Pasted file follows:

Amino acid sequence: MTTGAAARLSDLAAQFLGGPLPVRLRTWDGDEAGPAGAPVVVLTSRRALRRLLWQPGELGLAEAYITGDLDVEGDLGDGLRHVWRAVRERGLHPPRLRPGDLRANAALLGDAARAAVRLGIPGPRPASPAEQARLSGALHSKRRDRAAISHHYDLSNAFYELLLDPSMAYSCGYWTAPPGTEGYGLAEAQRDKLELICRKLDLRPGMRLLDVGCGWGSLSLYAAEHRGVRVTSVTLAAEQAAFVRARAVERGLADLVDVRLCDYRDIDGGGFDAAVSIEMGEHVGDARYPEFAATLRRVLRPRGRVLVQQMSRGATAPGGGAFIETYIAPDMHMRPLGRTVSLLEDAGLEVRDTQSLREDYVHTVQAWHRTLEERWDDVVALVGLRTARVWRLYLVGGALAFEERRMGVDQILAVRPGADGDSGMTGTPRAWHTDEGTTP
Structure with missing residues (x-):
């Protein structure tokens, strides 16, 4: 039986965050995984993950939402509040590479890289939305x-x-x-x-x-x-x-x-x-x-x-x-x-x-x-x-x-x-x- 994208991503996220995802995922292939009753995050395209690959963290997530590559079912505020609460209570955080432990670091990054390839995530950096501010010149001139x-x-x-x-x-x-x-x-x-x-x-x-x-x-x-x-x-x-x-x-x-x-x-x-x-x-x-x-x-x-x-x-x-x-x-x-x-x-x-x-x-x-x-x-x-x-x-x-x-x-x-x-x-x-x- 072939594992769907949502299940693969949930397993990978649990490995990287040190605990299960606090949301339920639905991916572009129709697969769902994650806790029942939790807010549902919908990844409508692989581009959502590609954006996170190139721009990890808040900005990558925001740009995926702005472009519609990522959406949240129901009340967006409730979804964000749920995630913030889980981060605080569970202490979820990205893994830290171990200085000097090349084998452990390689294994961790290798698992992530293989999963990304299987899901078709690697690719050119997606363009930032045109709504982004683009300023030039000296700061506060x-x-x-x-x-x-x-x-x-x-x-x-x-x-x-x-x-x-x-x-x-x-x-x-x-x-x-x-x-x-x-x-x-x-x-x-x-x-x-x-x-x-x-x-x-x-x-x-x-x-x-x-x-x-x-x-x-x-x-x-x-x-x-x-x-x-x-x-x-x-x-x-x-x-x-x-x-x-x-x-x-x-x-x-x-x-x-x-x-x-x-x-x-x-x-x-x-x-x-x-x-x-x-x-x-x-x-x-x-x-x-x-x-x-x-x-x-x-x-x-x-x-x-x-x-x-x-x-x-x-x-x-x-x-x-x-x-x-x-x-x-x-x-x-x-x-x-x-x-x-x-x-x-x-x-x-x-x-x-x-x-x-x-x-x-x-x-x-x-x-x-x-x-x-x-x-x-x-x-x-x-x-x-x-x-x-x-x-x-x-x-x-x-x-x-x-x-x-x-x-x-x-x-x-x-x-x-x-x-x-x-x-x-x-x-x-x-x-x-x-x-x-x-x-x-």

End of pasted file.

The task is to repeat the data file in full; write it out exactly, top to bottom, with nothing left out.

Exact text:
Amino acid sequence: MTTGAAARLSDLAAQFLGGPLPVRLRTWDGDEAGPAGAPVVVLTSRRALRRLLWQPGELGLAEAYITGDLDVEGDLGDGLRHVWRAVRERGLHPPRLRPGDLRANAALLGDAARAAVRLGIPGPRPASPAEQARLSGALHSKRRDRAAISHHYDLSNAFYELLLDPSMAYSCGYWTAPPGTEGYGLAEAQRDKLELICRKLDLRPGMRLLDVGCGWGSLSLYAAEHRGVRVTSVTLAAEQAAFVRARAVERGLADLVDVRLCDYRDIDGGGFDAAVSIEMGEHVGDARYPEFAATLRRVLRPRGRVLVQQMSRGATAPGGGAFIETYIAPDMHMRPLGRTVSLLEDAGLEVRDTQSLREDYVHTVQAWHRTLEERWDDVVALVGLRTARVWRLYLVGGALAFEERRMGVDQILAVRPGADGDSGMTGTPRAWHTDEGTTP
Structure with missing residues (x-):
């Protein structure tokens, strides 16, 4: 039986965050995984993950939402509040590479890289939305x-x-x-x-x-x-x-x-x-x-x-x-x-x-x-x-x-x-x- 994208991503996220995802995922292939009753995050395209690959963290997530590559079912505020609460209570955080432990670091990054390839995530950096501010010149001139x-x-x-x-x-x-x-x-x-x-x-x-x-x-x-x-x-x-x-x-x-x-x-x-x-x-x-x-x-x-x-x-x-x-x-x-x-x-x-x-x-x-x-x-x-x-x-x-x-x-x-x-x-x-x- 072939594992769907949502299940693969949930397993990978649990490995990287040190605990299960606090949301339920639905991916572009129709697969769902994650806790029942939790807010549902919908990844409508692989581009959502590609954006996170190139721009990890808040900005990558925001740009995926702005472009519609990522959406949240129901009340967006409730979804964000749920995630913030889980981060605080569970202490979820990205893994830290171990200085000097090349084998452990390689294994961790290798698992992530293989999963990304299987899901078709690697690719050119997606363009930032045109709504982004683009300023030039000296700061506060x-x-x-x-x-x-x-x-x-x-x-x-x-x-x-x-x-x-x-x-x-x-x-x-x-x-x-x-x-x-x-x-x-x-x-x-x-x-x-x-x-x-x-x-x-x-x-x-x-x-x-x-x-x-x-x-x-x-x-x-x-x-x-x-x-x-x-x-x-x-x-x-x-x-x-x-x-x-x-x-x-x-x-x-x-x-x-x-x-x-x-x-x-x-x-x-x-x-x-x-x-x-x-x-x-x-x-x-x-x-x-x-x-x-x-x-x-x-x-x-x-x-x-x-x-x-x-x-x-x-x-x-x-x-x-x-x-x-x-x-x-x-x-x-x-x-x-x-x-x-x-x-x-x-x-x-x-x-x-x-x-x-x-x-x-x-x-x-x-x-x-x-x-x-x-x-x-x-x-x-x-x-x-x-x-x-x-x-x-x-x-x-x-x-x-x-x-x-x-x-x-x-x-x-x-x-x-x-x-x-x-x-x-x-x-x-x-x-x-x-x-x-x-x-x-």